In today's fast-paced business environment, the ability to adapt and innovate is crucial to ensuring sustainability. Companies need a solid framework that, while supporting their expansion, also ensures that technology and processes are perfectly aligned with their business objectives.
This is where the Domain Oriented Architecture (DOA) approach comes into its own. It offers an innovative methodology that enables enterprise architects to design with precision and agility. They stop focusing on the purely conceptual aspects of architecture and concentrate instead on creating value for customers (whether internal or external to the company).
But what exactly is this all about? What is this innovative approach that is only just emerging?
What is Domain Oriented Architecture?
The "Domain Oriented Architecture" approach emphasises a deep understanding of the different business domains as a basis for guiding architecture choices. Domains can be specific to a business sector or to a particular function within a company.
This approach applies as much to IT infrastructure and software as it does to business processes. Its objective is to fully understand the real needs and experiences of users or consumers of services. It takes architects out of their ivory towers and invites them to interact with domain managers to enrich their thinking.
The strength of this approach lies in
- the creation of clear boundaries around the different areas. This allows teams to work independently and maintain a clear understanding of the problem space within their specific domain.
- The creation of a common vocabulary that ensures that technical and non-technical stakeholders can communicate effectively.
- modularity, which allows the system or process to be broken down into smaller, more manageable elements.
Companies can therefore find in this approach a response to their need for agility.
Going further with co-Creation
The complexity of organisational architecture often exceeds the capabilities of a centralised team of architects. At Bizliner by Contraste, we believe that the solution lies in the co-design of enterprise architecture.
A central architecture team focuses on centralising information, using a common language and ensuring appropriate governance across the organisation. But the real architecture work takes place within the various IT and business areas. The central team consolidates the architectural information used by all the domains.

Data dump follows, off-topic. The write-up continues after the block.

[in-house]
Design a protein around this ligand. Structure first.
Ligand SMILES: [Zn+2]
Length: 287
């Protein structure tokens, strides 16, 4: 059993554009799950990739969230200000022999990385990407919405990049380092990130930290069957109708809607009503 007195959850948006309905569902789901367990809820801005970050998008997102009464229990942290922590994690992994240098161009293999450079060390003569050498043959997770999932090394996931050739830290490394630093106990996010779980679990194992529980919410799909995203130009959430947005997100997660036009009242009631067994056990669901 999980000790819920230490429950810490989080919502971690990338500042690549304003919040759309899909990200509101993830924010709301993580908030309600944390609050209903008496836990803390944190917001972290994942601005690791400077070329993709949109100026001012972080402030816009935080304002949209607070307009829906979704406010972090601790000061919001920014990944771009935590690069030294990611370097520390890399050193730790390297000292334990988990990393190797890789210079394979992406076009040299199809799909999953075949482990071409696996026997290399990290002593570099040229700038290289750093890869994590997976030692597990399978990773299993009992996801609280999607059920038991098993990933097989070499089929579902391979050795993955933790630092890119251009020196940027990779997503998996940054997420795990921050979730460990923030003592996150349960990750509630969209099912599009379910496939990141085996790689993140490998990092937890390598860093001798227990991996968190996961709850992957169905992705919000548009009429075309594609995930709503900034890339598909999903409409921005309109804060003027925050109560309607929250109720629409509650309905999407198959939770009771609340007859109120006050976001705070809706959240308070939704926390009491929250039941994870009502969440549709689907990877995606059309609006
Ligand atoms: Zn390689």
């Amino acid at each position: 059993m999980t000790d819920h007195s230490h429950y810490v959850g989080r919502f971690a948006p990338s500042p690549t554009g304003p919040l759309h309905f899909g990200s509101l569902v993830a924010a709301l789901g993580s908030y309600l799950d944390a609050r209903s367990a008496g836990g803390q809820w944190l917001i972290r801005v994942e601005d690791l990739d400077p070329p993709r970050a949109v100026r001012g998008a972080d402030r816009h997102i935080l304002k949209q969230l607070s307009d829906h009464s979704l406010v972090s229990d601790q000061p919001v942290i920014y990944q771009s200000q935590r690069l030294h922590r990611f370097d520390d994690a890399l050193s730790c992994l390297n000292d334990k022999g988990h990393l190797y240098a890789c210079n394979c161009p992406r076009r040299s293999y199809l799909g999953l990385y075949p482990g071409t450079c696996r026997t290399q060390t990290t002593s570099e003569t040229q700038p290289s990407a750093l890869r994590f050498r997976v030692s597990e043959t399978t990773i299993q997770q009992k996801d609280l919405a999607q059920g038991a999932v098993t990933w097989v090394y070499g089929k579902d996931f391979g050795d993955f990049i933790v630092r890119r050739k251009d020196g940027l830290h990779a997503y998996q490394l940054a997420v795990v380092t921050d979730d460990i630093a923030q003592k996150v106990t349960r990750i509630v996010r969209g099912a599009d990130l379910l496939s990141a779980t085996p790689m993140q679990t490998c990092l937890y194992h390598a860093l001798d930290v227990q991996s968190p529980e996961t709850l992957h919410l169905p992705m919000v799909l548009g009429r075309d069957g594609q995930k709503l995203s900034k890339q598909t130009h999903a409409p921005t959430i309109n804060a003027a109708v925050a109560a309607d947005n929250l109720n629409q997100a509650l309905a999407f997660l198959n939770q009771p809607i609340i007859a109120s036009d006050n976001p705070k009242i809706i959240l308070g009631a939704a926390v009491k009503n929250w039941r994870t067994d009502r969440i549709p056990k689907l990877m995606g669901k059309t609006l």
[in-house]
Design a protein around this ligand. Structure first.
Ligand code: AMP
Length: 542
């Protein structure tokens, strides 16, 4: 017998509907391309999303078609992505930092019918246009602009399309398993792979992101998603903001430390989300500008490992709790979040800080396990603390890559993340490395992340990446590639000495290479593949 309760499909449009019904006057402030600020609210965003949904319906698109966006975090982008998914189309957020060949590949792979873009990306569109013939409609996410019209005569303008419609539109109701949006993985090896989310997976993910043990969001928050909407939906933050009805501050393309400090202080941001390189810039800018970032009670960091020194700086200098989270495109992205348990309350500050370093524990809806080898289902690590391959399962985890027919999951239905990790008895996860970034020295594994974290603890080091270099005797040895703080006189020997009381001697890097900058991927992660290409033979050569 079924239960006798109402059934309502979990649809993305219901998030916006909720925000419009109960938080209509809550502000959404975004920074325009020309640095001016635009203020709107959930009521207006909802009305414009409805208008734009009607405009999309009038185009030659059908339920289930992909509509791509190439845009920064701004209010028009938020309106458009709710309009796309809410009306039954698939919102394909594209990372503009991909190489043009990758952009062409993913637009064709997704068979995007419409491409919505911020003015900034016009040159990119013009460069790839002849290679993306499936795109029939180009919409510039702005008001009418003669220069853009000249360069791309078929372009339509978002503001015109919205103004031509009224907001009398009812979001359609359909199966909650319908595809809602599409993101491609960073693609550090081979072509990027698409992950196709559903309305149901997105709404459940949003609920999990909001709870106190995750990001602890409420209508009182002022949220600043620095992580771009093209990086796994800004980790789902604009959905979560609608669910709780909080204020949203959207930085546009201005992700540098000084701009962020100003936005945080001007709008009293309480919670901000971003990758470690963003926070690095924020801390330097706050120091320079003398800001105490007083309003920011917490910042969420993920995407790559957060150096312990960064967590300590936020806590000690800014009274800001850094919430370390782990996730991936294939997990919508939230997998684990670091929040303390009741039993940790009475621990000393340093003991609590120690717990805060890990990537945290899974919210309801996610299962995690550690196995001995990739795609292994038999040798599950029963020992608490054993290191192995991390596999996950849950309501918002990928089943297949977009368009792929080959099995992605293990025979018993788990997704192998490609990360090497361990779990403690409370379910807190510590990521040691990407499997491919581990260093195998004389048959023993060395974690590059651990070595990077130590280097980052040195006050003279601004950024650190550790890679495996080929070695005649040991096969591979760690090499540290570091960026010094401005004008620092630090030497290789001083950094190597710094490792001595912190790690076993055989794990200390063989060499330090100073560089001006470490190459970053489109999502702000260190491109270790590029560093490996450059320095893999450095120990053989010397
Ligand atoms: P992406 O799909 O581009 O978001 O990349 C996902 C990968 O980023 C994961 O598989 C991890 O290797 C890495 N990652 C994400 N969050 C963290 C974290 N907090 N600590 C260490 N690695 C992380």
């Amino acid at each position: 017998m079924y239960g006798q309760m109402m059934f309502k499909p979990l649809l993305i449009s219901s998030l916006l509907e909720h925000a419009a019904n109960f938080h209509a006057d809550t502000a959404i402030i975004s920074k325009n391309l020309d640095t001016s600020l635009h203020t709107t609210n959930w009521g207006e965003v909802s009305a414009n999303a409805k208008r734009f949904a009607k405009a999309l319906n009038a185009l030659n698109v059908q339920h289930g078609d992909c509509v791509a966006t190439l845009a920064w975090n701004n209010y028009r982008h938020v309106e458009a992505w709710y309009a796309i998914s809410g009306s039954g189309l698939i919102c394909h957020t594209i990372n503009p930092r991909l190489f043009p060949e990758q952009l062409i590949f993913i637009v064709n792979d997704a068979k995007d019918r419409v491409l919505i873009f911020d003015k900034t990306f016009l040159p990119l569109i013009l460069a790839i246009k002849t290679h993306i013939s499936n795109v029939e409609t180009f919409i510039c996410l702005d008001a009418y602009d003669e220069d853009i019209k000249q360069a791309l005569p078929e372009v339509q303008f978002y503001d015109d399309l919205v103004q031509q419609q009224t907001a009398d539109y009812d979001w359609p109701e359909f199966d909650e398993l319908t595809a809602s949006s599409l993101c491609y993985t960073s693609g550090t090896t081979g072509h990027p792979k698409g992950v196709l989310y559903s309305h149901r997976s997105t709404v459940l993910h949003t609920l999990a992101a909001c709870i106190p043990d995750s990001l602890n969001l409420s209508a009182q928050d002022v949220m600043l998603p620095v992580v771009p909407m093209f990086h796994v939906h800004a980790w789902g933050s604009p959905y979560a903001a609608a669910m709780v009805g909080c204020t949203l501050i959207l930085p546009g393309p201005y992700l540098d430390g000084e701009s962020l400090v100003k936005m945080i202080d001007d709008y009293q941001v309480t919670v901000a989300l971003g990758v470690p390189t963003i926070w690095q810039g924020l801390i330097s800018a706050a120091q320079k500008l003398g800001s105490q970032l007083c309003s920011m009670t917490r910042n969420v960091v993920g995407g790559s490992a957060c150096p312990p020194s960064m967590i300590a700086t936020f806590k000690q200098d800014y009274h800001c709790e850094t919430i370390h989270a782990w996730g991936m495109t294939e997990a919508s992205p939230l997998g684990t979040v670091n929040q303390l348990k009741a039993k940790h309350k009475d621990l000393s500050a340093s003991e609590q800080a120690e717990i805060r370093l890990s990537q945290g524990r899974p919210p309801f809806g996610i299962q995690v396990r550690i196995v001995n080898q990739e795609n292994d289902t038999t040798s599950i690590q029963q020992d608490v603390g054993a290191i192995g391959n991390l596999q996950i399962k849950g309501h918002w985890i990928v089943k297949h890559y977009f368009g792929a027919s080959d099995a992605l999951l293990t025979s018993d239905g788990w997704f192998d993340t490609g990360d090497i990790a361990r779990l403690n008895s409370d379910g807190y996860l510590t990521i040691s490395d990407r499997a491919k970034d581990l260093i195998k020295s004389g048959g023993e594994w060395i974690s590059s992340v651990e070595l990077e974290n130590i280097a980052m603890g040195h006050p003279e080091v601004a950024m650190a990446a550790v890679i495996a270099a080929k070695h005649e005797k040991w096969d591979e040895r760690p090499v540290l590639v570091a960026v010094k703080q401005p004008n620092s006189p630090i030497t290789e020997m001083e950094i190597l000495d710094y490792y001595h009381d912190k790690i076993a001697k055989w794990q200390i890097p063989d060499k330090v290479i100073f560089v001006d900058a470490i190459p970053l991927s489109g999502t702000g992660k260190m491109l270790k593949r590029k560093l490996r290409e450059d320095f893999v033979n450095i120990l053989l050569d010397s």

To support the quality work of each domain, we create an "architecture back office" responsible for support, editing, completeness, quality management and handling repetitive architectural tasks.
Domain Oriented Architecture offers a host of benefits that transcend the traditional boundaries between technical and business teams:
- Improved collaboration: Thanks to a common language, technical and business teams communicate more effectively.
- Greater scalability: It becomes easier to evolve individual domains without affecting the whole system.
- Greater flexibility: Companies can pivot and make changes to specific domains or services without disrupting the whole ecosystem.
- Reduced complexity: By breaking down complex systems into manageable domains. It allows enterprise architects to focus on the subtleties of each domain independently.
- Facilitated knowledge transfer: The approach ensures that knowledge relating to specific domains is integrated into those domains. This means that new team members can work quickly and easily on specific areas of the system.
Bizliner by Contraste and the future of your enterprise architecture
Our aim is to integrate the different points of view of all stakeholders. Our co-design approach involves taking into account the needs, experiences and expectations of the whole organisation and evaluating their ideas. Through this inclusive and pragmatic approach, enterprise designs are put in place for successful production.
With Domain Oriented Architecture, Bizliner by Contraste introduces co-design into the organisation. It improves operations, modernises interactions between IT and the business, and improves user understanding and acceptance of organisational changes and the role of architecture.